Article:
Cholesterol is a controversial topic these days; there are multiple opposing theories about whether our cholesterol count has a direct impact on our heart health. For many years, LDL or bad cholesterol has been believed to be the leading cause of heart disease. More recent studies undermine these theories and suggest cholesterol may not have as much of an impact on our heart health.
As a health coach I believe any highs or lows in our blood count is a matter of concern. My recommendations are aimed at achieving optimal health. An imbalance is caused by a dysfunction, which can be addressed by making small changes to our diet and lifestyle.
Dietary changes are as a matter of fact key to a healthy cholesterol count, which is achievable without harmful medications like Statins – commonly prescribed for lowering cholesterol. Although these medications are known to improve cholesterol levels, they are also well known for their serious side effects.
Here are some ways in which you can naturally improve your blood cholesterol levels:
Soluble fiber keeps the body from absorbing cholesterol and also binds with fatty acids and flushes them out of the body, helping to reduce overall cholesterol levels and the risk of heart disease.
This type of fiber is naturally found in oats, oat bran, beans, peas, barley, flaxseed, berries, soybeans, bananas, oranges, apples, carrots, pears, barley and prunes.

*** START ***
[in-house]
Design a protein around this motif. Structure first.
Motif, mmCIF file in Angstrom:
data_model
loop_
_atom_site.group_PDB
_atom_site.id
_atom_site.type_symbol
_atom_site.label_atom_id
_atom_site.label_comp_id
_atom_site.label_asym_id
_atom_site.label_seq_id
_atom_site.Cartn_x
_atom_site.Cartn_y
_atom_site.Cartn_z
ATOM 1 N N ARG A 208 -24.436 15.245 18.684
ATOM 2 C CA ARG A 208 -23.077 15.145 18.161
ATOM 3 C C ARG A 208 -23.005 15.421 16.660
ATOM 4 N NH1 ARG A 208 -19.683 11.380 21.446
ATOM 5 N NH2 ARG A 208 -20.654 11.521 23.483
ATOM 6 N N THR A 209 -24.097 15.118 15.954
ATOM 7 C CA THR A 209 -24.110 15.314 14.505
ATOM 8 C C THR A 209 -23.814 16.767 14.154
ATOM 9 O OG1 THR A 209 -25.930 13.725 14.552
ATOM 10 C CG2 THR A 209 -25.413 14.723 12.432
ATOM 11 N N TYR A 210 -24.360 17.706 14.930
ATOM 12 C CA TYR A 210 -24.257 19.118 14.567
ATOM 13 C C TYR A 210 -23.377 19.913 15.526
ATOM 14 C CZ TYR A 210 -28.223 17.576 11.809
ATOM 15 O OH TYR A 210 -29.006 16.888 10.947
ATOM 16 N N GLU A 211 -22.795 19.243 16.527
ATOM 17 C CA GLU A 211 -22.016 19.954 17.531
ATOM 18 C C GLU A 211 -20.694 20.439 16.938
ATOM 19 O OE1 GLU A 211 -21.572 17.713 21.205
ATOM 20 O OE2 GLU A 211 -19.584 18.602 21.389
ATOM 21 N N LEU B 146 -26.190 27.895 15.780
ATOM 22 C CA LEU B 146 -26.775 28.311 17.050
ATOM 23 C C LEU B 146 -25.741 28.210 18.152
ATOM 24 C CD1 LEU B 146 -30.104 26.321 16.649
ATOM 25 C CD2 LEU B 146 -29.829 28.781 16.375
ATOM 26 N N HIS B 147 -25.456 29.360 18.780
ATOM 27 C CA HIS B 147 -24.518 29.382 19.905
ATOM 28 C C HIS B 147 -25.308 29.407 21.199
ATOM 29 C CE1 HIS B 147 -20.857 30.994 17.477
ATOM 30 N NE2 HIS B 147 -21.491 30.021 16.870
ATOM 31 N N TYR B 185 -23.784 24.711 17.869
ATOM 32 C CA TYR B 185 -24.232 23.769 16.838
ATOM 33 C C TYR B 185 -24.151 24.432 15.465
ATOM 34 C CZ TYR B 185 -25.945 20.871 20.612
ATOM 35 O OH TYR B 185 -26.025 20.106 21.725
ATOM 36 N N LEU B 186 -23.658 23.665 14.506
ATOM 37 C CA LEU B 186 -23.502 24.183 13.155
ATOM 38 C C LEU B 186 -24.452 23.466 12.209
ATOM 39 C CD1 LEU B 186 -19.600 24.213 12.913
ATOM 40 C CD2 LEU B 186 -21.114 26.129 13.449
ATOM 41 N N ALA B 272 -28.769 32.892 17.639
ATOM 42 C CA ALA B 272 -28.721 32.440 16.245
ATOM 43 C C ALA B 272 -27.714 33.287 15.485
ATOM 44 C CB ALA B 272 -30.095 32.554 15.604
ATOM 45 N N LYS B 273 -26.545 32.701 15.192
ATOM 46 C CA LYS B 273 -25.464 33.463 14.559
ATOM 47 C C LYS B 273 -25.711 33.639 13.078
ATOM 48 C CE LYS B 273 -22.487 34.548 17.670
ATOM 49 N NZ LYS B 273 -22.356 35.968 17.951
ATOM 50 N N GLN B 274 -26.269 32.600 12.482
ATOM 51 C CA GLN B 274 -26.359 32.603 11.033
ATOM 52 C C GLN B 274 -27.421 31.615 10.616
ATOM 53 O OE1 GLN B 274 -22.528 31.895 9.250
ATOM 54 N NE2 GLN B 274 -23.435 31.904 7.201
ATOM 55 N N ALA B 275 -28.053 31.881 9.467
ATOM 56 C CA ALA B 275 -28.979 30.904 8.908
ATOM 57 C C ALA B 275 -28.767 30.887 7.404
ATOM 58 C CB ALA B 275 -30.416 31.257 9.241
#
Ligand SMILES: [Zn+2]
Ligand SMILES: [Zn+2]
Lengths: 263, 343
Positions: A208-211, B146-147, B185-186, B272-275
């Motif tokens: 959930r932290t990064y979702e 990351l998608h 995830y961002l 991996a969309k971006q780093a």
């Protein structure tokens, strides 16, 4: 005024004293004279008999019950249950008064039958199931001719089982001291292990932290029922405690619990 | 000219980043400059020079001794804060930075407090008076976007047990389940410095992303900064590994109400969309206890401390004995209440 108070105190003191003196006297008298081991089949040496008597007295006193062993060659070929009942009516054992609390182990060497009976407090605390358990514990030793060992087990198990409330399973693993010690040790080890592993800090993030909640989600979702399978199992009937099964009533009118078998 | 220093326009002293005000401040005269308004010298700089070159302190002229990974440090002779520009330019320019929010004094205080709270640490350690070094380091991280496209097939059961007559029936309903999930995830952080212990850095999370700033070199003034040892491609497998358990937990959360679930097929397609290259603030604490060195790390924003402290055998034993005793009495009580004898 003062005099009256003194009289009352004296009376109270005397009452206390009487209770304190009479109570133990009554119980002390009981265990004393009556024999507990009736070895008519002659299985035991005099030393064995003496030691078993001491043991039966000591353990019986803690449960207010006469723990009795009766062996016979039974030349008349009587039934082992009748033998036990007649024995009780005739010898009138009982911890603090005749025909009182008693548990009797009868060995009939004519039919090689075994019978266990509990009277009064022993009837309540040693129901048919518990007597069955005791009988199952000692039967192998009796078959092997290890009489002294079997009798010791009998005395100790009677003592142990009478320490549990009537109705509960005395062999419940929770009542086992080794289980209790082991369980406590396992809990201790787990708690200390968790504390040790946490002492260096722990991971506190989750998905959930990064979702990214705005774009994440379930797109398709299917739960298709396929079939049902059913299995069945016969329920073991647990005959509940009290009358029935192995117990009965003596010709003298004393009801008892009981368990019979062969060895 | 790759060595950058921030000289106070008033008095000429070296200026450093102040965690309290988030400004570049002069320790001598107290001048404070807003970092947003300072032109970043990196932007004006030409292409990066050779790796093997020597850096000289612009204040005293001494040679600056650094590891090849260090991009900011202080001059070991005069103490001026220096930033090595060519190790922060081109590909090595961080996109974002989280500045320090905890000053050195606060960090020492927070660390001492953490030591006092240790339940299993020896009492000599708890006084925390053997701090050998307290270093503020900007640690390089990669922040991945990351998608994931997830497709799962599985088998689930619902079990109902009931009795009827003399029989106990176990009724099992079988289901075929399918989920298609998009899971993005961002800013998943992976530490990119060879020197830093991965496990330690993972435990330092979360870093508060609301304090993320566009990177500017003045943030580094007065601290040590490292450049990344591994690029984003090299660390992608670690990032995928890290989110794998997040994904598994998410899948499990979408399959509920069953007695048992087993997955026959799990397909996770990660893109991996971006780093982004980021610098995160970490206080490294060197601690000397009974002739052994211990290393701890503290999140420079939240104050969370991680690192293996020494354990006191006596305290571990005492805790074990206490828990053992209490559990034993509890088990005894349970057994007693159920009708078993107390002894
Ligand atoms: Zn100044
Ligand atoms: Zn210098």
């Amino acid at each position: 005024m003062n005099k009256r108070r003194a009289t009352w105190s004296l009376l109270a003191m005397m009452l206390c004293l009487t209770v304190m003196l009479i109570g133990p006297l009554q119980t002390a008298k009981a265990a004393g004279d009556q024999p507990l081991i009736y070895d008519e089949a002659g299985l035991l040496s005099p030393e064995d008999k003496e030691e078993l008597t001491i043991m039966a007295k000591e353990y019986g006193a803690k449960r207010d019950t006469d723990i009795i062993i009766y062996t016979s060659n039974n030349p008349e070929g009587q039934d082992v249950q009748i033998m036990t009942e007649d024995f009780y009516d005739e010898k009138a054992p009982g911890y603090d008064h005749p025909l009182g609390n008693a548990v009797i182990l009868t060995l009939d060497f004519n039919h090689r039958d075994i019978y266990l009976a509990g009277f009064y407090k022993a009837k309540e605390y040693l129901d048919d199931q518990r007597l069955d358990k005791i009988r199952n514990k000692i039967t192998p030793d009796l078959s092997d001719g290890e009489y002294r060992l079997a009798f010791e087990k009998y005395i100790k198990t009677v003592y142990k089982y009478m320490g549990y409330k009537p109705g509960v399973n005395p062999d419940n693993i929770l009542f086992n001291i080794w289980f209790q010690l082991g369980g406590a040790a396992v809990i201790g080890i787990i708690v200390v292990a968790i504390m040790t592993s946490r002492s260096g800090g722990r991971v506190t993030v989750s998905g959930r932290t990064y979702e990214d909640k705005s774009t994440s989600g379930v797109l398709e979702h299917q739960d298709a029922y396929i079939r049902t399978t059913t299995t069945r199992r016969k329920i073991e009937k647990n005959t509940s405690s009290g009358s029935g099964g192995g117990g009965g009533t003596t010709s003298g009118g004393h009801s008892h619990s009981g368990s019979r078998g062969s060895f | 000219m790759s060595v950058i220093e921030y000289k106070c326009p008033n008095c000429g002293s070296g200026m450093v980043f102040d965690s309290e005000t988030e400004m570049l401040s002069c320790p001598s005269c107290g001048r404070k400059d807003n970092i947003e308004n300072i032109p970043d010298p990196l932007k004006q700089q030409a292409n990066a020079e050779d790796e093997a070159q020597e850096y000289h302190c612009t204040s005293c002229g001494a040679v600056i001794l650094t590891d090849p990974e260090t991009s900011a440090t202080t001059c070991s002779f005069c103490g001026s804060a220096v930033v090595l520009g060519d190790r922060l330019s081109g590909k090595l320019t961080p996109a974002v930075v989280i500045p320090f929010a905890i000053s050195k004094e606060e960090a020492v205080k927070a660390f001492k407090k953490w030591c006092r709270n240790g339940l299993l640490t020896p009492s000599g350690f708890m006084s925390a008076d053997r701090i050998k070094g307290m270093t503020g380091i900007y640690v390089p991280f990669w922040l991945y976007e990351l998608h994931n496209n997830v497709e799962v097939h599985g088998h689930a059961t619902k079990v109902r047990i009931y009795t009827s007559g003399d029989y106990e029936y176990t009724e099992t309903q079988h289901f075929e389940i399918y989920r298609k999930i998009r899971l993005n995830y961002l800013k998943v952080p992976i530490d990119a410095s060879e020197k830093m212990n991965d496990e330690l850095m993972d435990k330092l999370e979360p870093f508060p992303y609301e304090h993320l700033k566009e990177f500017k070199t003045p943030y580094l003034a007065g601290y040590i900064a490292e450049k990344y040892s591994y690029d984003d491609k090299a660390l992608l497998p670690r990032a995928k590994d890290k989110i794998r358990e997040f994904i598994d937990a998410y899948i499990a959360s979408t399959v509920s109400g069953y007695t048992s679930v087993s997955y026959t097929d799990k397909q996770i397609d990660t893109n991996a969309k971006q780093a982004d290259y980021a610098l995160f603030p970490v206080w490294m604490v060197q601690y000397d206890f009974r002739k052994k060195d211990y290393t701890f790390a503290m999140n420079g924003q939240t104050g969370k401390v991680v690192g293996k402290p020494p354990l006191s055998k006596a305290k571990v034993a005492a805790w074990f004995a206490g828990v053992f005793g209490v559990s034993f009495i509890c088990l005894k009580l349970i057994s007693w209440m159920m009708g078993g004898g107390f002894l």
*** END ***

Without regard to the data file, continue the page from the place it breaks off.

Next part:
Omega 3’s found in oily fish such as salmon, sardines, herring, and black cod are known to improve cholesterol levels. Even supplemental fish oil for people with heart disease is known to lower serum triglycerides by 25 to 30 percent. Fish also provides high quality protein without the saturated fats present in meat and poultry.
2-3 Servings of fish a week is recommended by experts. Speak to your health care provider about Omega 3 supplements for optimal health.
Most nuts contain sterols, which like fiber, keep the body from absorbing cholesterol. Nuts especially walnuts also contain ALA (alpha-linolenic acid) which is an omega 3 pre-cursor and they are also rich in healthy poly-unsaturated fats.
*Nuts are calorie dense and easy to overeat. Small quantities go a long way!
Garlic is a proven anti-oxidant and this property helps to prevent LDL from being oxidised. The cholesterol build-up that is believed to clog our arteries may be prevented. Garlic has been known to lower cholesterol by up to 9%! Other spices like curcumin, ginger, black pepper, coriander and cinnamon are also great to lower cholesterol levels and reduce inflammation.
Exercise of up to 30 minutes a day can lower LDL levels, increase HDL levels and also improve our triglyceride count. Even incidental forms of exercise, like taking the stairs instead of the elevator and parking further away can greatly help in improving our health.
Cholesterol may or may not be the end and be all of heart health; imbalance in overall cholesterol count and corresponding medications can be harmful for our overall health and wellbeing. The above recommendations are a perfect start.
**These recommendations are in no way a replacement for prescribed medications; please consult your doctor before making any changes to your diet.